<body><script type="text/javascript"> function setAttributeOnload(object, attribute, val) { if(window.addEventListener) { window.addEventListener('load', function(){ object[attribute] = val; }, false); } else { window.attachEvent('onload', function(){ object[attribute] = val; }); } } </script> <div id="navbar-iframe-container"></div> <script type="text/javascript" src="https://apis.google.com/js/plusone.js"></script> <script type="text/javascript"> gapi.load("gapi.iframes:gapi.iframes.style.bubble", function() { if (gapi.iframes && gapi.iframes.getContext) { gapi.iframes.getContext().openChild({ url: 'https://www.blogger.com/navbar.g?targetBlogID\x3d9824315\x26blogName\x3dI+Am+The+Rain+King\x26publishMode\x3dPUBLISH_MODE_BLOGSPOT\x26navbarType\x3dSILVER\x26layoutType\x3dCLASSIC\x26searchRoot\x3dhttps://jamieca.blogspot.com/search\x26blogLocale\x3den_US\x26v\x3d2\x26homepageUrl\x3dhttp://jamieca.blogspot.com/\x26vt\x3d-4791829559169385208', where: document.getElementById("navbar-iframe-container"), id: "navbar-iframe" }); } }); </script>

"Before you know it as the years go by, you're just like other people you have seen, with all those peculiar human ailments. Just another vehicle for temper and vanity and rashness and all the rest. Who wants it? Who needs it? These things occupy the place where a man's soul should be." -- Henderson the Rain King

Thursday, January 20, 2005

Billions and Billions...

Tonight we saw astrophysicist Neil deGrasse Tyson speak as part of the Seattle Science Lectures Series at Town Hall. He was in town to talk about his new book Origins: Fourteen Billion Years of Cosmic Evolution, which is a companion piece to the PBS Nova series of the same name. The lecture was a lot of fun as Dr. Tyson mixed his great knowledge of the subject with a keen sense of humor. For instance, while teaching us about 'dark matter', 'sun spots', 'black holes' and other astronomical terms that sound like what they actually are, he paused to poke fun at the geologist and biologist who rely on 10-syllable Latin words to explain their concepts.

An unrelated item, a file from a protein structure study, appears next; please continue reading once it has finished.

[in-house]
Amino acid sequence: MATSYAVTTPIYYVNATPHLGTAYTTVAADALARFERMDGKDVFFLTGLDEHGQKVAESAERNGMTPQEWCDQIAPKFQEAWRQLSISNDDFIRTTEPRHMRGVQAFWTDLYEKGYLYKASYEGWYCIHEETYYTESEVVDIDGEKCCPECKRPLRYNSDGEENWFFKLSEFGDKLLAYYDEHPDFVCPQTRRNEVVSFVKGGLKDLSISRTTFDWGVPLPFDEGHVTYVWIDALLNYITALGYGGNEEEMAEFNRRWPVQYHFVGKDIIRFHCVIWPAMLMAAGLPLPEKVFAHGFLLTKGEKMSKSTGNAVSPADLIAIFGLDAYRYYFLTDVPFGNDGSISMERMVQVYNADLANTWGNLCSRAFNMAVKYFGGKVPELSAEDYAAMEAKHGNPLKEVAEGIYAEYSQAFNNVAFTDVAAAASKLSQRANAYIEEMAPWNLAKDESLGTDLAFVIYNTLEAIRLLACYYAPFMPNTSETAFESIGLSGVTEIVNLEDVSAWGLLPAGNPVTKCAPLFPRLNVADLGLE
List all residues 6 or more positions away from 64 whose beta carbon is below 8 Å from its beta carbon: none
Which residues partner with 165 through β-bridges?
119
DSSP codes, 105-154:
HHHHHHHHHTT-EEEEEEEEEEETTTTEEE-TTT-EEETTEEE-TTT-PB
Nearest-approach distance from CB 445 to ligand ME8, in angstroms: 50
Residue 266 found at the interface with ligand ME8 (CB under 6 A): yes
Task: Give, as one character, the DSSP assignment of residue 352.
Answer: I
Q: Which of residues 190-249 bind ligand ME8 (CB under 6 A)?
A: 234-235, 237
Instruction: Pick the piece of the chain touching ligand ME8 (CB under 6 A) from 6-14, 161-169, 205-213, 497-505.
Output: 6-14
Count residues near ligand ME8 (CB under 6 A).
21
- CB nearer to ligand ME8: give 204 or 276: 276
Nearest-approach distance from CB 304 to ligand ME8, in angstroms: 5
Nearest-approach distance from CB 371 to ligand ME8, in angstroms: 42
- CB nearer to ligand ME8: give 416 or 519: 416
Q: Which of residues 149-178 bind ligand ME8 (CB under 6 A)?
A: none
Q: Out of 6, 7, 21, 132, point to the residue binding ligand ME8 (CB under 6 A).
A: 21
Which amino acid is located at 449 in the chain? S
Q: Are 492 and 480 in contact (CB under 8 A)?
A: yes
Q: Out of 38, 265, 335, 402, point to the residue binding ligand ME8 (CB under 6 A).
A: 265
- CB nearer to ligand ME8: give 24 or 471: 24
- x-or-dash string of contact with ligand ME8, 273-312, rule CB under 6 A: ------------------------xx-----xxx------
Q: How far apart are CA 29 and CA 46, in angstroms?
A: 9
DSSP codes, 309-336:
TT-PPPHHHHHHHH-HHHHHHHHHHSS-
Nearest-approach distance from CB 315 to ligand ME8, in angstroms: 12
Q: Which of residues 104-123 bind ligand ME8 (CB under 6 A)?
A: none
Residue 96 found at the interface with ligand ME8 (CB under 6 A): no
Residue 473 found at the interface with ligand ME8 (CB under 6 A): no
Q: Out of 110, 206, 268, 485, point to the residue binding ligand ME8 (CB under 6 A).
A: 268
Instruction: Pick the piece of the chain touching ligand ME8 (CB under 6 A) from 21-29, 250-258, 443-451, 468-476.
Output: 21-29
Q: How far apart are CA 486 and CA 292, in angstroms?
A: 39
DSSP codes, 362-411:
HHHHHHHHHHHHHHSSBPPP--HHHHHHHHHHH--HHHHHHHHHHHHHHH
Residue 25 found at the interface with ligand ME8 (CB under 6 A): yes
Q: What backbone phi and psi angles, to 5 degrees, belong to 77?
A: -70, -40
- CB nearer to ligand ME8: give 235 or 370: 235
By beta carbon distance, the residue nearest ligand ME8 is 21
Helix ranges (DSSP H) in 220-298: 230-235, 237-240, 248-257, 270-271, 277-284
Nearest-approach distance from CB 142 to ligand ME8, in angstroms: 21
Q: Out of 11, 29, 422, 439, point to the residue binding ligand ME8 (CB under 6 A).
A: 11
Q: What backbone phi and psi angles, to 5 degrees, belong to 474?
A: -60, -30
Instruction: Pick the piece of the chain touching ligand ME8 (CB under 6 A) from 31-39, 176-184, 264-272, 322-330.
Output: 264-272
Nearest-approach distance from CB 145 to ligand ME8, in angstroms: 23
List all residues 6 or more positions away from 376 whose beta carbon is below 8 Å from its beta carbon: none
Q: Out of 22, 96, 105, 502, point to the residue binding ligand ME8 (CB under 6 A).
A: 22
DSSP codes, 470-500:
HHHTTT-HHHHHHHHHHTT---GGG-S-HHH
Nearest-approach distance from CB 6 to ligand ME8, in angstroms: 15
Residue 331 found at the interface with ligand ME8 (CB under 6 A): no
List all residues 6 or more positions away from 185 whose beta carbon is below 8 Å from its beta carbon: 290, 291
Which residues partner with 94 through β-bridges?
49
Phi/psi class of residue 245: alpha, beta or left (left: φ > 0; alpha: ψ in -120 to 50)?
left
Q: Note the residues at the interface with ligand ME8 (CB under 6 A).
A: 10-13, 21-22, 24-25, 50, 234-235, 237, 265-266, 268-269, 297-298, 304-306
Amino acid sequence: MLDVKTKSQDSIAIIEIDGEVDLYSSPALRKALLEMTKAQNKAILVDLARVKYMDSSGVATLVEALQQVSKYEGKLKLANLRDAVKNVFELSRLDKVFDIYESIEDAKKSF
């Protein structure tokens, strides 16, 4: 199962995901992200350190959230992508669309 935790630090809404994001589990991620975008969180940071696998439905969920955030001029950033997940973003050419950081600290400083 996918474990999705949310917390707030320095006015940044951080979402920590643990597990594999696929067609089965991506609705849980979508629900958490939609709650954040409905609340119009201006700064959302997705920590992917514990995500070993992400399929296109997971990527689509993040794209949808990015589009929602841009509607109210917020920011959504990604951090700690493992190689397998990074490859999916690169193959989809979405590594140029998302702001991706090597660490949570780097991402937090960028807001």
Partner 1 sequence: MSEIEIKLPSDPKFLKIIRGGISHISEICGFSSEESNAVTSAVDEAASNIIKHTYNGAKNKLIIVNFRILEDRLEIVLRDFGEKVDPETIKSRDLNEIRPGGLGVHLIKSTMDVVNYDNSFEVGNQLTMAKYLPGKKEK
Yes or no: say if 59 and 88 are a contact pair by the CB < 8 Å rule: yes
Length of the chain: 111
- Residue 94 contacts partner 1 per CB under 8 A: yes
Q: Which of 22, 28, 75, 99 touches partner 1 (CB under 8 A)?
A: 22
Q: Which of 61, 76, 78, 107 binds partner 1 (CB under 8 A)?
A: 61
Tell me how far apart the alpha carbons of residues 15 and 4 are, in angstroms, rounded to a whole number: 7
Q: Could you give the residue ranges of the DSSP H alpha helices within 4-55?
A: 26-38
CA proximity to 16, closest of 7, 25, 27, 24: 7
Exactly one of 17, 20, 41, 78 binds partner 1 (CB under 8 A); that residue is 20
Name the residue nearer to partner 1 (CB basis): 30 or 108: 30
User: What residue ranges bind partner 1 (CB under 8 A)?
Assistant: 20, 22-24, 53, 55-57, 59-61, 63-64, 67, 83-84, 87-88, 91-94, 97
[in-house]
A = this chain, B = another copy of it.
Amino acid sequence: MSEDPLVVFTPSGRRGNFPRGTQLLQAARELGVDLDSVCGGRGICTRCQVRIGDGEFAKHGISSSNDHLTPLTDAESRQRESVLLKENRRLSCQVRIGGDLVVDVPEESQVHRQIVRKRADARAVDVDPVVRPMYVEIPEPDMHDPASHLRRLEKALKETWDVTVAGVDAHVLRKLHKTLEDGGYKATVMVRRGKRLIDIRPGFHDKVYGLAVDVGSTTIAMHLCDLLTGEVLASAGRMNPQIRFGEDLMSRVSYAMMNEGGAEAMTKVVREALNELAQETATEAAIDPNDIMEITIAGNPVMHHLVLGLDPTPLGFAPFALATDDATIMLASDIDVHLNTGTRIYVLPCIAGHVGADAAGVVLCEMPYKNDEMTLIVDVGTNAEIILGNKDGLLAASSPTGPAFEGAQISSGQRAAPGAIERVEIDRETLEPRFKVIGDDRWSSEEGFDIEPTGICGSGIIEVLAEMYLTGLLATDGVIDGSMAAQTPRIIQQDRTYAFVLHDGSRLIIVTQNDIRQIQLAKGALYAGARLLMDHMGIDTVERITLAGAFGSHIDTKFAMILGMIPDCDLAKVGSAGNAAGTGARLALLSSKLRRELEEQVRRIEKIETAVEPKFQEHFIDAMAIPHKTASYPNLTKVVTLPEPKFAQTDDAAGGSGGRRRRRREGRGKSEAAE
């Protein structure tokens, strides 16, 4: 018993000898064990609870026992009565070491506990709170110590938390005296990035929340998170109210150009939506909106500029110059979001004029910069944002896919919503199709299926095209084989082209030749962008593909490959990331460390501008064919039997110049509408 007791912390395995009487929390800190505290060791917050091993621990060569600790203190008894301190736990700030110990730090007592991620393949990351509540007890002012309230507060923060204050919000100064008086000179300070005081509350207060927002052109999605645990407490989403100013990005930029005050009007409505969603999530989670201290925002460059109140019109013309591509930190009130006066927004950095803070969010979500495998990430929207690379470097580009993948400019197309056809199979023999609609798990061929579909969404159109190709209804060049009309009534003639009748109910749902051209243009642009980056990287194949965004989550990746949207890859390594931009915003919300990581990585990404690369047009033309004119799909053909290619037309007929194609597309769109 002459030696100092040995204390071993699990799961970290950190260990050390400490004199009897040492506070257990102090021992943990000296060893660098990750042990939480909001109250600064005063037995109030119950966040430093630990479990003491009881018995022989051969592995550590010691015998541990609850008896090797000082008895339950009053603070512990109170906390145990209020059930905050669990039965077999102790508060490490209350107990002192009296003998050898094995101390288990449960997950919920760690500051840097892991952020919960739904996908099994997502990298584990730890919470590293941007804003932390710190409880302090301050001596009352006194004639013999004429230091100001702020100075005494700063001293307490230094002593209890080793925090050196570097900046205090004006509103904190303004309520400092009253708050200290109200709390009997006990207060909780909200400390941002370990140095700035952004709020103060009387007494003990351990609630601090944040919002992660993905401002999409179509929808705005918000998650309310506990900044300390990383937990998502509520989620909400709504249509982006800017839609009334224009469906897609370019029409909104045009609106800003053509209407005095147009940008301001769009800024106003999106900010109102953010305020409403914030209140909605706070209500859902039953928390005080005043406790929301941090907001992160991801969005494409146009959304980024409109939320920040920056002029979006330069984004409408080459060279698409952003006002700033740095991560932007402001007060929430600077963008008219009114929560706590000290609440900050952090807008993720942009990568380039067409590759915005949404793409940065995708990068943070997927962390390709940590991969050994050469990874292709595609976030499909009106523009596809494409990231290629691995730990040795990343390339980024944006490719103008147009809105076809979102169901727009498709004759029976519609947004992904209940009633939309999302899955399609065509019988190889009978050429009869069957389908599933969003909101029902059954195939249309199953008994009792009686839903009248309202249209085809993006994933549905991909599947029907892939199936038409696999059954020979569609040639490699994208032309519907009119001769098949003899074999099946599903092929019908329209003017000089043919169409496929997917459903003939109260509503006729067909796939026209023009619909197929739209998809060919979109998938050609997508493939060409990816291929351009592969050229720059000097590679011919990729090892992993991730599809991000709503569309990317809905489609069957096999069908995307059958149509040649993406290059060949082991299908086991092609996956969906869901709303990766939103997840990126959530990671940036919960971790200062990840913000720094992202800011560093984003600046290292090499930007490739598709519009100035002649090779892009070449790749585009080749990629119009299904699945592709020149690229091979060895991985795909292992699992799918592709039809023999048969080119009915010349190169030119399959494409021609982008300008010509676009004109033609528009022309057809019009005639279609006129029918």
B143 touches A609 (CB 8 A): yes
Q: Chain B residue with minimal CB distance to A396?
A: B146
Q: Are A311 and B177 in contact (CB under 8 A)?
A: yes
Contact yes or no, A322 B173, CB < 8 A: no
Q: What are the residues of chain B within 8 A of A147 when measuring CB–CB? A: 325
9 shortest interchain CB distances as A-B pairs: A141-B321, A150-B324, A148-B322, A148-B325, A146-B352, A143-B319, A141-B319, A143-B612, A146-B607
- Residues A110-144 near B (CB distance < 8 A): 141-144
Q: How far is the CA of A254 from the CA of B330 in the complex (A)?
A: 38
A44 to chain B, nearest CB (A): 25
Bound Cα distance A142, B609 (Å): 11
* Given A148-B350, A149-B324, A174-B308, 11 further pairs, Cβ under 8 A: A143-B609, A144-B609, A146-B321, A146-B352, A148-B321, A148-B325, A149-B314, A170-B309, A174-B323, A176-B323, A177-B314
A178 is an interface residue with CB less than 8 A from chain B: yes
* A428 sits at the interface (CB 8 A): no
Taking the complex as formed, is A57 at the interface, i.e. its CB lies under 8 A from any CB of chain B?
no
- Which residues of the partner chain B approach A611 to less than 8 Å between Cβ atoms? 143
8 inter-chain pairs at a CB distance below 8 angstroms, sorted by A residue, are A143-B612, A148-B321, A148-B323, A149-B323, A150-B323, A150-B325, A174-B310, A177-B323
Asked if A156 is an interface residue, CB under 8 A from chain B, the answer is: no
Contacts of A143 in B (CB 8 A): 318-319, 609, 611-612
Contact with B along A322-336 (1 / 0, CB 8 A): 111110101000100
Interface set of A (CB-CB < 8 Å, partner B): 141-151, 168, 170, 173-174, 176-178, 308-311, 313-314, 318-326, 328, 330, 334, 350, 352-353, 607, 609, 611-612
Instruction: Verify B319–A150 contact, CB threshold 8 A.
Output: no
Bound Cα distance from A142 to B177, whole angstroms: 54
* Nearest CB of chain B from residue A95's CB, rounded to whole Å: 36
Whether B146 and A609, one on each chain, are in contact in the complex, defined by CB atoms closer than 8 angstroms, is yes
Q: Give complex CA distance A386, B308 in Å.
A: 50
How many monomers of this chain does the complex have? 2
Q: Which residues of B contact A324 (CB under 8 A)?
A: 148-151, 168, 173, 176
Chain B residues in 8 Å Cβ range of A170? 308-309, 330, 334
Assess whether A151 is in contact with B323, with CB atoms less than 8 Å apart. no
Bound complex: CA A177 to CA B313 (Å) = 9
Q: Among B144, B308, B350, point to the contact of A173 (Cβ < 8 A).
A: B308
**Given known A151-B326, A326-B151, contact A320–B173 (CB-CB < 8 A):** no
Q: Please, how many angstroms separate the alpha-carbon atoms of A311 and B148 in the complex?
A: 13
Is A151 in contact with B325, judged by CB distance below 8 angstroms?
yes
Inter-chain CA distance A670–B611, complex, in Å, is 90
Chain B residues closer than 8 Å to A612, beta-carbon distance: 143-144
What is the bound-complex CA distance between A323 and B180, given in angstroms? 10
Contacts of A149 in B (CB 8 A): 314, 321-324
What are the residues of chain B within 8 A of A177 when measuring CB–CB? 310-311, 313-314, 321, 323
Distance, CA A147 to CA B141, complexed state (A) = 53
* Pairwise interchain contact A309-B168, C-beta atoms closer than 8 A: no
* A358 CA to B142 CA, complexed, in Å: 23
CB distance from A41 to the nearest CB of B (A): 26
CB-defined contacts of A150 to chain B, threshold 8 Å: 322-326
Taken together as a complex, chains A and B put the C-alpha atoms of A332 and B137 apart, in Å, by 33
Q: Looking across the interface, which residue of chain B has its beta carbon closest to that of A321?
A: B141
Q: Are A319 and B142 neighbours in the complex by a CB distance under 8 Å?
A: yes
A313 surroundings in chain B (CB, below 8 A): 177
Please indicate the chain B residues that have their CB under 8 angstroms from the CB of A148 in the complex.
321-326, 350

My favorite part of the lecture was when he talked about Titan and our recent explorations there with the Huygens space probe. Titan is one of Saturn's moons and is one of only four objects in our solar system that has its own atmosphere (Venus, Earth, and Mars being the other three). After Mars and Venus, it is the most likely place in our solar system for us to find any evidence of life. The probe has already photographed what appear to be methane lakes on the moon's surface, which is of particular interest as it is believed that a fluid liquid such as water is one of the basic requirements for life to exist. If you're interested in checking out more about Dr. Tyson, PBS has a good interview with him on their site.

Photo from PBS


Blogger J.R. Hughson said...

Dude how do I get on the mailing list for this stuff?


6:35 AM

Blogger Jamie said...

I found out about it through two different mailing lists:

1) The town hall mailing list which you can join by sending mail to info@townhallseattle.org

2) The University Bookstore mailing list which you can join here: https://www2.bookstore.washington.edu/_mail/emailresponse2.taf?ActionArg=form&page=mail

11:51 AM

Blogger Rubicon said...

wow, I'd never thought I'd find another intelligent person on Blogger :) anyways, great blog! I hope you keep it going.

1:04 AM


Post a Comment

<< Home